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  1. #1
    Registered User RatioStrain's Avatar
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    Bodycraft HFT any opinions?

    I'm looking at the whole gamut of these machines.....I was getting an estimate on a Cybex Bravo, but the salesman said he really liked the Bodycraft HFT for a third of the price of the Cybex (because he bought a shipping container full of Bodycraft).

    I'm still very interested in the Cybex, but might as well see if there are any thoughts in here. The other contender is the Inpsire FT1 with a very similar price.....so it is best for direct comparison to the Bodycraft.

    Side note: In looking for reviews on this kind of stuff, well, the internet has been totally taken over by fake "review" sites that seem to be nothing more than hustlers of the products. They say almost nothing negative and quickly link you to the sales sites.
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  2. #2
    Registered User piratelifebad's Avatar
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    Never used one, but I can make a few observations based on the photos and specs. It's not in the same class as the FT1:

    1. The HFT uses bolts for all the connections. The FT1 is welded together, bolts are only used to connect the left and right sides. The FT will be more rigid and stable than the HFT.

    2. The HFT is lacking a third vertical support column found on the FT1. It's definitely a lighter-weight unit.

    3. Speaking of weight, the FT1 has 100lbs+ on the HFT.

    4. The vertical pulley adjustment system on the HFT just uses nylon bushings on a single rod. The FT1 uses a dual rod/track system with a spring loaded metal latch. No comparison.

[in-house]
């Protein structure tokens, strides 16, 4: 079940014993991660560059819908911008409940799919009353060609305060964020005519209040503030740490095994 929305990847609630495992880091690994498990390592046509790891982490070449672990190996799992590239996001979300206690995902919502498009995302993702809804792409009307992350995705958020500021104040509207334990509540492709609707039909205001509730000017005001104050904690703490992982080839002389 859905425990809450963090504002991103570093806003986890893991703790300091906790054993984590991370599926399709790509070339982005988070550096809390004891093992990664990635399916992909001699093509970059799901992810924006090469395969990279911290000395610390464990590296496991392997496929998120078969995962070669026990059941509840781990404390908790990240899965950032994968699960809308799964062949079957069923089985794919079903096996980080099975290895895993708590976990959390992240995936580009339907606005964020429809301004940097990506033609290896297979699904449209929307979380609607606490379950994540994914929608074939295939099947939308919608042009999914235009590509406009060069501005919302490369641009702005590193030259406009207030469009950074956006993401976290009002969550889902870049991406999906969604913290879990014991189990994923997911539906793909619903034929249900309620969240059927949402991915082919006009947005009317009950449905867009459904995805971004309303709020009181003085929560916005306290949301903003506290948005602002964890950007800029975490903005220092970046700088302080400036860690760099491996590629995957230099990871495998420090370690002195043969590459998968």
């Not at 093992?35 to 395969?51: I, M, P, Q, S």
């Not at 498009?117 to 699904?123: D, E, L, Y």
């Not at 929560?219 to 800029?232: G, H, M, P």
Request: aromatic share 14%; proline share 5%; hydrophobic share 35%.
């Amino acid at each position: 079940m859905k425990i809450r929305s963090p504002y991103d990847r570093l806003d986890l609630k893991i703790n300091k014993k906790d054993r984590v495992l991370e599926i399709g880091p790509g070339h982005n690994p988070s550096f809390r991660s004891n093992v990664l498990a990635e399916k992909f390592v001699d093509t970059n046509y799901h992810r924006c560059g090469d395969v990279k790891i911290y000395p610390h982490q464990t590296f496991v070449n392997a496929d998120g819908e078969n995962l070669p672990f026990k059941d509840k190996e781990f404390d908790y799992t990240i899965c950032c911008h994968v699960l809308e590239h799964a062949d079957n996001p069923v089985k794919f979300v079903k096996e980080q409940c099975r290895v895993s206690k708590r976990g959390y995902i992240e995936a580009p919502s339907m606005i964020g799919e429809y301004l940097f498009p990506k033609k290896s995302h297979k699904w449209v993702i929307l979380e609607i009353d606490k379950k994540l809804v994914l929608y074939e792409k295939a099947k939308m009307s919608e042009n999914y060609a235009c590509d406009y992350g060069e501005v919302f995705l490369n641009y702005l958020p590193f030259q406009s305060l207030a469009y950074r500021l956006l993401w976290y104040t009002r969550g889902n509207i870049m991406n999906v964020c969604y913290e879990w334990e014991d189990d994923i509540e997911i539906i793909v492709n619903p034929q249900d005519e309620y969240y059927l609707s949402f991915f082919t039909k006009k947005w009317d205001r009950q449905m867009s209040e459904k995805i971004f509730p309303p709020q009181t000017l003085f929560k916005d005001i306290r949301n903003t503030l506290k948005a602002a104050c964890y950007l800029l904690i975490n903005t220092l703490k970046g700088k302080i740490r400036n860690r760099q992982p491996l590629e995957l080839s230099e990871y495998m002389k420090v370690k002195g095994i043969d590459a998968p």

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  3. #3
    Registered User RatioStrain's Avatar
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    Ha! Thanks for the feedback. I'm bothering these forums a lot and you've been a help.

    I'm not very savvy about pullies and such, so thanks for that analysis. If I go for the less expensive stuff, I suppose I'll gun for the Inspire.

    Originally Posted by piratelifebad View Post
    Never used one, but I can make a few observations based on the photos and specs. It's not in the same class as the FT1:

    1. The HFT uses bolts for all the connections. The FT1 is welded together, bolts are only used to connect the left and right sides. The FT will be more rigid and stable than the HFT.

    2. The HFT is lacking a third vertical support column found on the FT1. It's definitely a lighter-weight unit.

    3. Speaking of weight, the FT1 has 100lbs+ on the HFT.

    4. The vertical pulley adjustment system on the HFT just uses nylon bushings on a single rod. The FT1 uses a dual rod/track system with a spring loaded metal latch. No comparison.
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  4. #4
    Registered User weisgarb's Avatar
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    Originally Posted by RatioStrain View Post
    Ha! Thanks for the feedback. I'm bothering these forums a lot and you've been a help.

    I'm not very savvy about pullies and such, so thanks for that analysis. If I go for the less expensive stuff, I suppose I'll gun for the Inspire.
    Have you looked at the FT-5000 from Rep Fitness? It's only been out around a year, and I think the maximum height at the carabiner is lower than some other models, but it's very heavy and the sides are welded, similar to the FT1.